Review: “The Juliet Spell” by Douglas Rees
Paperback, 304 pages
Published September 27th 2011 by Harlequin Teen
Review Copy: NetGalley
Description from Goodreads:
I wanted the role of Juliet more than anything. I studied hard. I gave a great reading for it—even with Bobby checking me out the whole time. I deserved the part.
I didn’t get it. So I decided to level the playing field, though I actually might have leveled the whole play. You see, since there aren’t any Success in Getting to Be Juliet in Your High School Play spells, I thought I’d cast the next best—a Fame spell. Good idea, right?
Yeah. Instead of bringing me a little fame, it brought me someone a little famous. Shakespeare. Well, Edmund Shakespeare. William’s younger brother.
Good thing he’s sweet and enthusiastic about helping me with the play…and—ahem—maybe a little bit hot. But he’s from the past. Way past. Cars amaze him—cars! And cell phones? Ugh.
Still, there’s something about him that’s making my eyes go star-crossed….
My rating: 3.5 of 5 stars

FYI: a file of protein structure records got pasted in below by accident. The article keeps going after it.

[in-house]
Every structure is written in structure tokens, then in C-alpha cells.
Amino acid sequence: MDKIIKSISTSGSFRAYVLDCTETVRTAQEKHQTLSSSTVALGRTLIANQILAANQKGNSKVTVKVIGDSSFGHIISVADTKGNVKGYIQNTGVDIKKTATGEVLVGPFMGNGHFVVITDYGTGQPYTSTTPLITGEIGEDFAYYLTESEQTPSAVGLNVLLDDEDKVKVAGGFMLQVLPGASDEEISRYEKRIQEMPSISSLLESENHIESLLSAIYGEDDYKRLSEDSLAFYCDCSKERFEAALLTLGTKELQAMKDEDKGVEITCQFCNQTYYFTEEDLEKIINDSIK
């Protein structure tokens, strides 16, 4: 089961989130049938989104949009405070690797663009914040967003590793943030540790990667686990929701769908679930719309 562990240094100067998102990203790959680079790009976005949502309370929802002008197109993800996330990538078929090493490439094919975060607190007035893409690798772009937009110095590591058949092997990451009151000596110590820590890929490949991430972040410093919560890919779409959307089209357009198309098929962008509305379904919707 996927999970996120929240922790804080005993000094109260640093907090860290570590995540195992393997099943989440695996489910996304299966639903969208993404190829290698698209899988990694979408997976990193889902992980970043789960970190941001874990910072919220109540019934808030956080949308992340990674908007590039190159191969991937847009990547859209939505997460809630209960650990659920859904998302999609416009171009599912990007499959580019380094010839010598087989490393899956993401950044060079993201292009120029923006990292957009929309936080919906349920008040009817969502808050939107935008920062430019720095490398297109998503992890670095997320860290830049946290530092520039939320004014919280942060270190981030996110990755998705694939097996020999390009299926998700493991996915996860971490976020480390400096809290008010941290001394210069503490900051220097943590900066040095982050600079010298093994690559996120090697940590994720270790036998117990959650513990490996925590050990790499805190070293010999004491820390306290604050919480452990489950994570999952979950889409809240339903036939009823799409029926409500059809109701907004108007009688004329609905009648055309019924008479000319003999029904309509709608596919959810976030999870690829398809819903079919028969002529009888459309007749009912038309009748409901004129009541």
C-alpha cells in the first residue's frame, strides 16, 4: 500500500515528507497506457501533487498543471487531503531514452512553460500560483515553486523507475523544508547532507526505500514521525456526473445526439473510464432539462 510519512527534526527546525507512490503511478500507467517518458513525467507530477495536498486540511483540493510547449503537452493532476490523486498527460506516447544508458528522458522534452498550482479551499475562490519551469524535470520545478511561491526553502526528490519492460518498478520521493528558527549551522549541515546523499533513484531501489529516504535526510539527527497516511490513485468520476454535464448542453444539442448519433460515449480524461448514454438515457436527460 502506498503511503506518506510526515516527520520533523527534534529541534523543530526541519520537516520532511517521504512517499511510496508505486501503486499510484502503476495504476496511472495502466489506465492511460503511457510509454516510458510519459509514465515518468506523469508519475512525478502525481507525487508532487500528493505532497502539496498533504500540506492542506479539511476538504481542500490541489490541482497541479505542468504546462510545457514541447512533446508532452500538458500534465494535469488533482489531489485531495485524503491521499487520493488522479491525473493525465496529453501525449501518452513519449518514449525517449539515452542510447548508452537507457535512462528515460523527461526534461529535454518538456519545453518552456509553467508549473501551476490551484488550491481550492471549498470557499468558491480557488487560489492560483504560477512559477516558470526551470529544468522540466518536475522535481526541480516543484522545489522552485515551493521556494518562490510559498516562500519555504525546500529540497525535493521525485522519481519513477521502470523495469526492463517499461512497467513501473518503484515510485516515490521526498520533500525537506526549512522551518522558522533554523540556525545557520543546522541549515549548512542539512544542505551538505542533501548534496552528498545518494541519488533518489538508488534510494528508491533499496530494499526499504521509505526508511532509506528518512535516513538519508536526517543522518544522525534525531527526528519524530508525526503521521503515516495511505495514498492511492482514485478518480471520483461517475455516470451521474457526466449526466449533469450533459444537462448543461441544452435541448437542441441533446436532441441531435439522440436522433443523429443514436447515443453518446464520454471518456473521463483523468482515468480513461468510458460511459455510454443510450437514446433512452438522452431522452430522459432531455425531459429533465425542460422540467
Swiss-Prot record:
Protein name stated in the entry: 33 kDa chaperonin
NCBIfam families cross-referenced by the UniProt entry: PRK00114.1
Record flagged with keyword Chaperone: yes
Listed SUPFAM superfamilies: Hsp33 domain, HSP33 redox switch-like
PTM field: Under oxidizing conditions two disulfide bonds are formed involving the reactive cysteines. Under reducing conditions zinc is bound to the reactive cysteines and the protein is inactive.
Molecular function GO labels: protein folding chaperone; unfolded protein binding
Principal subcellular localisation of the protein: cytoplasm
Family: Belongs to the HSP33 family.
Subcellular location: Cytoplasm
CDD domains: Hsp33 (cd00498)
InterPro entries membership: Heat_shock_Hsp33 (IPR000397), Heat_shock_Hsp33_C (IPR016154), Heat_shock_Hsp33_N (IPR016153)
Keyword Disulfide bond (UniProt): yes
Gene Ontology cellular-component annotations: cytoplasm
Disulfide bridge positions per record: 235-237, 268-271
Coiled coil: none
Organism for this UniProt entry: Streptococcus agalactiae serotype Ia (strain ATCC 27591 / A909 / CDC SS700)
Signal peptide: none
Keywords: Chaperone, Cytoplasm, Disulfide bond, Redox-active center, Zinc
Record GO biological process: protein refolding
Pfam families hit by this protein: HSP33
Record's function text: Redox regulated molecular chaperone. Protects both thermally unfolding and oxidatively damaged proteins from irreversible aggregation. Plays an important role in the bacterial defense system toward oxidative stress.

“The Juliet Spell” is a very charming story. It’s about Miranda, a girl desperate to be Juliet in Romeo and Juliet in her school’s production. So desperate that after arriving home from tryouts, she tries a spell, not expecting it to work. It’s that spell that brings Edmund into her life. But Edmund isn’t just any boy, he’s William Shakespeare’s younger brother. Yes, it may sound crazy but it’s actually interesting. Edmund, who has never seen a car, cell phone, or television before is thrust into this strange world all because of Miranda’s desire to be Juliet.
Is the story realistic? No. Is it a fast, but fun, read? Yes. I do have to admit that the pacing of the story seemed a bit fast at times, especially when it came to Miranda’s feelings towards Edmund and how easily her mom accepts his presence in their home. As for the characters, I feel as though they were all interesting, although Miranda and Edmund were my favorites.
Watching as Miranda struggles to help Edmund adapt to her world, even standing by as he spends time with Vivian, it’s easy to like her. She doesn’t try to hide Edmund from her mother; in fact the second her mother arrives home she explains the situation. All of the characters served some purpose towards the story.
The ending was a bit predictable, but it was really the only way to end the story.
Overall, I enjoyed “The Juliet Spell”. If you like Shakespeare, and you enjoy love stories, then you should give this one a go. It isn’t perfect, but even with its flaws, it’s a fun read.
When I posted this, there were only 2 copies left on Amazon! Holy cow!